She nodded as she laid a hand against her shoulder. "I am quite all right. My shoulder is a little sore...." Her voice trailed off and the color seemed to drain from her face. "Daniel...."
The frontiersman turned back. A figure blocked their path; the light of a lantern glinting off the weapon in its hand. As he watched, John Gerard stepped forward. A moment later a half dozen French soldiers emerged from the trees to form a semi-circle about the three of them.
"If you would be so kind as to dismount, Mr. Boone...."
"So how long have you been a traitor, Mr. Gerard?"
"If you think bating me will make me lose control, Mr. Boone, you are sadly mistaken." Gerard made certain the cords that bound Dan's wrists were secure and then turned back to face Rachel. "I know what I am."
"And what is that, John," she spat, "if not a traitor...."
He laughed as something like cloud-shadow passed over his face. "Let's just say, a 'loyal' son."
Rachel's eyes narrowed. "What?"
"Was it Dulac your father worked for during the war? Your real father...."
John glared at the big frontiersman and then turned back to Rachel. "I see someone's tongue has been wagging."
"You didn't answer me - "
"Is that it? Is this about your father, John?" Rachel was filled with loathing. "Is that why you have betrayed your country?"
"And what about you? What were you willing to do for your father? Betray your beloved Kerr?" He threw the words at her like knife blades. "And what about this intrigue with the papers you had in the house? If I am a traitor, then surely, so are you."
She paled but shook her head. "No. There is a difference. For one thing, we were not at war with the Colonies then. And besides that, John, what I did was for the good of others - to try to shorten this bloody conflict, to save England from herself. You do nothing that will not benefit you."
"And what about what you came to this country to do?"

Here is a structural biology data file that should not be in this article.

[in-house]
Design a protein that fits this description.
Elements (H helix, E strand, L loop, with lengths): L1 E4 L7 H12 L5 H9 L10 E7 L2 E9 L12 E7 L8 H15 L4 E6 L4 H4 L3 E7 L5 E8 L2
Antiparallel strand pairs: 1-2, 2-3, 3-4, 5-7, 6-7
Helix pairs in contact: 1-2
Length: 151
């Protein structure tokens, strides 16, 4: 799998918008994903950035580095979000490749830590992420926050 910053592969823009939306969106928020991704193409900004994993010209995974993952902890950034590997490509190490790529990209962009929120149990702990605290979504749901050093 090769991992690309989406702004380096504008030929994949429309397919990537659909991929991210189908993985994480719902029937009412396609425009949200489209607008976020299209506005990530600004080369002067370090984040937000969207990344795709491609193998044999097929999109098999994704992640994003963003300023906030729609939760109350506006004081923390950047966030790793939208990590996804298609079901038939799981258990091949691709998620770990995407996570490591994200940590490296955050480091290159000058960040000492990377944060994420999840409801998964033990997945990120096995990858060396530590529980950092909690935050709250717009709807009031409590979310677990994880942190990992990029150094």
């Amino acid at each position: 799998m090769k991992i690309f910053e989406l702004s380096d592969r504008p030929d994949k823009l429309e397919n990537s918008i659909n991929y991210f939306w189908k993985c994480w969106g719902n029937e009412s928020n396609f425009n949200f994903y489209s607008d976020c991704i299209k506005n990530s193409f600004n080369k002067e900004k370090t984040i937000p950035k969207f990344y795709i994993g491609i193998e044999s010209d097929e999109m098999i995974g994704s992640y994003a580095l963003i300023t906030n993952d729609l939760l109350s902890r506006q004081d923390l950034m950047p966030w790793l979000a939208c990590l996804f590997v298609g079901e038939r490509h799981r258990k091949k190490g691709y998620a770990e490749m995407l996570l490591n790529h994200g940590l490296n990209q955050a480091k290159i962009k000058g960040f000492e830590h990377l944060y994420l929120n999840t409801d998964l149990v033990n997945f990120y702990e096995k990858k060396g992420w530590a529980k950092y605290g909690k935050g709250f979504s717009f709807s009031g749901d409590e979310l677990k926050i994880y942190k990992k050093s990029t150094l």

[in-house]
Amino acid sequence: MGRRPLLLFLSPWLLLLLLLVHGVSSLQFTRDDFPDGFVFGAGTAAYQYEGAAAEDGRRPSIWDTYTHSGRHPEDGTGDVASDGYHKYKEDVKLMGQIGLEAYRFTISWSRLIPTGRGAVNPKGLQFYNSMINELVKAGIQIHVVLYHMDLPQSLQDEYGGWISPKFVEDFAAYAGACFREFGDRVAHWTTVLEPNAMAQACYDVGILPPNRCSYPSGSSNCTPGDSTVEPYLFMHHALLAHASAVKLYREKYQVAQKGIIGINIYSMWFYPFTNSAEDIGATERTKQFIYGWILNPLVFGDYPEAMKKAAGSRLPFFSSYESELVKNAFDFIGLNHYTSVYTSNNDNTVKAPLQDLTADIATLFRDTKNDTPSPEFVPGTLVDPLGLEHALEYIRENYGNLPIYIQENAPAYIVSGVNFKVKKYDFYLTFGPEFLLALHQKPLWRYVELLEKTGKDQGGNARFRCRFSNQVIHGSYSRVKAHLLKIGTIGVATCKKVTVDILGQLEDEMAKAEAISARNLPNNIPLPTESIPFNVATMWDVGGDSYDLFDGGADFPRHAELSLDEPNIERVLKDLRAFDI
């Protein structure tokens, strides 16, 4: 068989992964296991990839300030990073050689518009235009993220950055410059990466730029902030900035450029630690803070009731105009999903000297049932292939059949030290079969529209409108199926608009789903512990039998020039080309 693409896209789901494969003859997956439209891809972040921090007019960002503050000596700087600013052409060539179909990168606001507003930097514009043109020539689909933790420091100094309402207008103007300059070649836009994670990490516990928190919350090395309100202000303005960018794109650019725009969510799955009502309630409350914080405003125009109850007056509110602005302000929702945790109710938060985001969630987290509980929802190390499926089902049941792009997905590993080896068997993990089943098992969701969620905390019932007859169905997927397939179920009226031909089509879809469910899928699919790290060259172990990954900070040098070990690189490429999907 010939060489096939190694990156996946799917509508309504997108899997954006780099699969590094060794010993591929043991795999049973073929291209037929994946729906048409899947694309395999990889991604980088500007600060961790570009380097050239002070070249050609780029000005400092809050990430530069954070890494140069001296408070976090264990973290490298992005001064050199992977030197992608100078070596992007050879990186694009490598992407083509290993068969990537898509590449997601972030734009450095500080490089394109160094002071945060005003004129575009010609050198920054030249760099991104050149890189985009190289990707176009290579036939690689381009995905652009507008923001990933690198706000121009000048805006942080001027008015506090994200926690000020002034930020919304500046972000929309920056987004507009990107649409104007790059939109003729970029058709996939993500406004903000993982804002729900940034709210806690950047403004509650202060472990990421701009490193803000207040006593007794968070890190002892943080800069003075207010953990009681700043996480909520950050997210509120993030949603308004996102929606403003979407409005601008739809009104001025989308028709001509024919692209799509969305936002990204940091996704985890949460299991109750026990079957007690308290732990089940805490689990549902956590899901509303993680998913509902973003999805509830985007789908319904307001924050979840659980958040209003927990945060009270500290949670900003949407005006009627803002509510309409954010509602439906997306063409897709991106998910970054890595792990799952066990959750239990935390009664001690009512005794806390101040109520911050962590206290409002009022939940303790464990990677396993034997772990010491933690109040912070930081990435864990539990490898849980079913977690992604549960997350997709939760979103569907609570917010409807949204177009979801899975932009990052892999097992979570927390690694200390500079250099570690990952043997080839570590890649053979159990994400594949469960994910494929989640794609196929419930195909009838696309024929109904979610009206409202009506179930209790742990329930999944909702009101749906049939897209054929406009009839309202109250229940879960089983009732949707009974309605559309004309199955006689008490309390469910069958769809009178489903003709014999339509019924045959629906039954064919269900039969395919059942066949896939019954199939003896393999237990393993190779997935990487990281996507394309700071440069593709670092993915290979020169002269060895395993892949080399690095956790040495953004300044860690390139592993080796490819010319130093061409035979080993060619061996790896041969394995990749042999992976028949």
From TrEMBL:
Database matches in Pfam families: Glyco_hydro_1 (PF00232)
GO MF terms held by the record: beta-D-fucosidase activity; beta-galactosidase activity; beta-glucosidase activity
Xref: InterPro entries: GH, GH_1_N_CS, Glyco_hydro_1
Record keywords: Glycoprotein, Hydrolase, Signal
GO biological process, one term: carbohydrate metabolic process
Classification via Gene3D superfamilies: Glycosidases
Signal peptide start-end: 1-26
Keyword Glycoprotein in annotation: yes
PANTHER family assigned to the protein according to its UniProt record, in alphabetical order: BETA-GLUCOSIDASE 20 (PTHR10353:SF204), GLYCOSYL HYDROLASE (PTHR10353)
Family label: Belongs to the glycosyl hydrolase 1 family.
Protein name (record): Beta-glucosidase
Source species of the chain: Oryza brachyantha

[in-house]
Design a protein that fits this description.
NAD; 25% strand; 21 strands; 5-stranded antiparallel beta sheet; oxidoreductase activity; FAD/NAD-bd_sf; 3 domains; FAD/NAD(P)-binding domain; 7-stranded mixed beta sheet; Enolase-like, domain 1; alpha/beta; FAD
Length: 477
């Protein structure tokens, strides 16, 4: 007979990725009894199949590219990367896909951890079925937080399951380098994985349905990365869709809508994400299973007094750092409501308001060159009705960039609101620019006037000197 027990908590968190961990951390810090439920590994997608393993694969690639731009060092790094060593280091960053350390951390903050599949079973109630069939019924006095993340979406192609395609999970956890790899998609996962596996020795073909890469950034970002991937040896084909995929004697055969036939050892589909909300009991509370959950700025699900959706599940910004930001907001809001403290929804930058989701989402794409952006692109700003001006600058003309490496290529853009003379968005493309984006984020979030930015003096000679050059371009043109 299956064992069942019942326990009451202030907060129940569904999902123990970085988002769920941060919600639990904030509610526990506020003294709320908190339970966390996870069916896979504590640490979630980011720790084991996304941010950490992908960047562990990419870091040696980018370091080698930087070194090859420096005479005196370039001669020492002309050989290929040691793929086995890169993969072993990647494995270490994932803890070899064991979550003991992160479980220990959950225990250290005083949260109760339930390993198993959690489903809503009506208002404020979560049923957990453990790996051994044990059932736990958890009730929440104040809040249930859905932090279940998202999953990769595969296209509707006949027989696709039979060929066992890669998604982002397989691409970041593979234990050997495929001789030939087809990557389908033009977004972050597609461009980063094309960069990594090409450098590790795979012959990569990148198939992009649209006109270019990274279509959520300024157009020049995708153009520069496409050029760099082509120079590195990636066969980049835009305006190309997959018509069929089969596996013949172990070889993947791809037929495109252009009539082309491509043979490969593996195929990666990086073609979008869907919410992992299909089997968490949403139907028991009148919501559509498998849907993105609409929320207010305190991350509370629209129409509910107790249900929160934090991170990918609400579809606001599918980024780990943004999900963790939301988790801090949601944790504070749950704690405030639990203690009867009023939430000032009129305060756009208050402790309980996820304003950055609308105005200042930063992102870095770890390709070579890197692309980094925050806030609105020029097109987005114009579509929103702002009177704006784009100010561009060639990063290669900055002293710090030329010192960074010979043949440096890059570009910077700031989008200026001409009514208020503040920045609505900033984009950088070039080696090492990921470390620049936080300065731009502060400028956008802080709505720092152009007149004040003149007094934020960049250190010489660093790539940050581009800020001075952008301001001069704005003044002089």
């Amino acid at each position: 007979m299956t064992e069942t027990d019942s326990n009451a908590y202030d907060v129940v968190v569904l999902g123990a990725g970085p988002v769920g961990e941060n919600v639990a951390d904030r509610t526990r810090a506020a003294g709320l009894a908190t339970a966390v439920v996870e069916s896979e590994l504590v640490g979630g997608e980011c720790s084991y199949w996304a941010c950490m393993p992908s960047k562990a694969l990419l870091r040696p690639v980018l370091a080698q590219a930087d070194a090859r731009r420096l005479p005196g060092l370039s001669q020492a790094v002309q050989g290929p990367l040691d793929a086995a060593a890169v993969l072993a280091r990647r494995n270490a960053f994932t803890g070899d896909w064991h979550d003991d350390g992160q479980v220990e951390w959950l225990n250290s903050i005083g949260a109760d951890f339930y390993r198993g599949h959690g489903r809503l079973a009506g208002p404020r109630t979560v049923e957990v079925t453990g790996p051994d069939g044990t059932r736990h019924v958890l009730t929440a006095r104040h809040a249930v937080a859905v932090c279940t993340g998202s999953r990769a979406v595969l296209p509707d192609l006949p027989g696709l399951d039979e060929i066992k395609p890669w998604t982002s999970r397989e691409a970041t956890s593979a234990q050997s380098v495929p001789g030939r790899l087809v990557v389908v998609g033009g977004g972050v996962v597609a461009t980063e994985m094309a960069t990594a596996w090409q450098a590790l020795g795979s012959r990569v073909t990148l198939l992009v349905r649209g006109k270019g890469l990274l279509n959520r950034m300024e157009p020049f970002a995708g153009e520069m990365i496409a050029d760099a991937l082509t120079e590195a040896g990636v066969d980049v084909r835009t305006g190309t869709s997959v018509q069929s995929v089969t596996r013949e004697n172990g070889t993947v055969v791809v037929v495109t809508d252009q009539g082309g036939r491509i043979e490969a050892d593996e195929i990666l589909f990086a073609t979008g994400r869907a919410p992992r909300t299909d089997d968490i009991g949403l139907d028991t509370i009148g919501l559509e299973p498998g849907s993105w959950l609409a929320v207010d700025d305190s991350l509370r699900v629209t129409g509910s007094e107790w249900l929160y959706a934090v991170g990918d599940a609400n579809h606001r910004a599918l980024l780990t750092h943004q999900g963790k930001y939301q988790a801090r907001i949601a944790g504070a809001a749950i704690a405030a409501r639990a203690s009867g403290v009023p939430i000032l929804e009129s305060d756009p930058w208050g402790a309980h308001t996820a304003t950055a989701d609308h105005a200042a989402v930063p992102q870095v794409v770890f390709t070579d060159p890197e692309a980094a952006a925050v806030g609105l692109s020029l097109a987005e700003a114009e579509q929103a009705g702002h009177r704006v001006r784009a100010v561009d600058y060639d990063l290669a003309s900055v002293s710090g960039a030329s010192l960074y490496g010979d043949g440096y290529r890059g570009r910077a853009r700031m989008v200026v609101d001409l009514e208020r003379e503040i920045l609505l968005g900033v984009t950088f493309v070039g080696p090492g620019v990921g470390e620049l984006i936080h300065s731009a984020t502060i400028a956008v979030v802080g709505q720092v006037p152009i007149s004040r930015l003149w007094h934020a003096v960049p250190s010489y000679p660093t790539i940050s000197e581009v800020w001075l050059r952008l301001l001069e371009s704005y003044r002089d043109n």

"That was a mistake." Her voice fell almost to a whisper. "I am beginning to see that coming here was a mistake in many ways...."
"You're a fool, Rachel. If you don't seize what you want when it is presented to you, it will slip through your fingers like sand and fall to someone else."
"And what is it you want, John? To be like your father?" She drew a breath. "What are they paying you, John? What did they pay him?"
Gerard remained still a moment and then lifted his hand and struck her so hard she fell to the ground. Dan started for him, but two soldiers grabbed his arms and held him back.
John remained standing over her. "You know nothing. My father was loyal to the Crown, for all of the good it did him. He came here to fight for his King, and his King killed him."
"What happened, Gerard?" Dan had stopped struggling as he realized words might prove the better weapon. "Why did your father betray his country? Why did he betray you?"
The auburn-haired man pivoted. He held the pistol straight out, pointing it at Dan's head. "Why do you care?"
"Well, I'd like to understand what could drive a man so hard he would feel he had to destroy everything about him that was good. And what could make him so mean he would strike the woman he says he 'loves'." Dan's eyes went to Rachel and then returned to meet the cold stare, "Or beat a bound man until he's almost dead like I hear you did Mingo."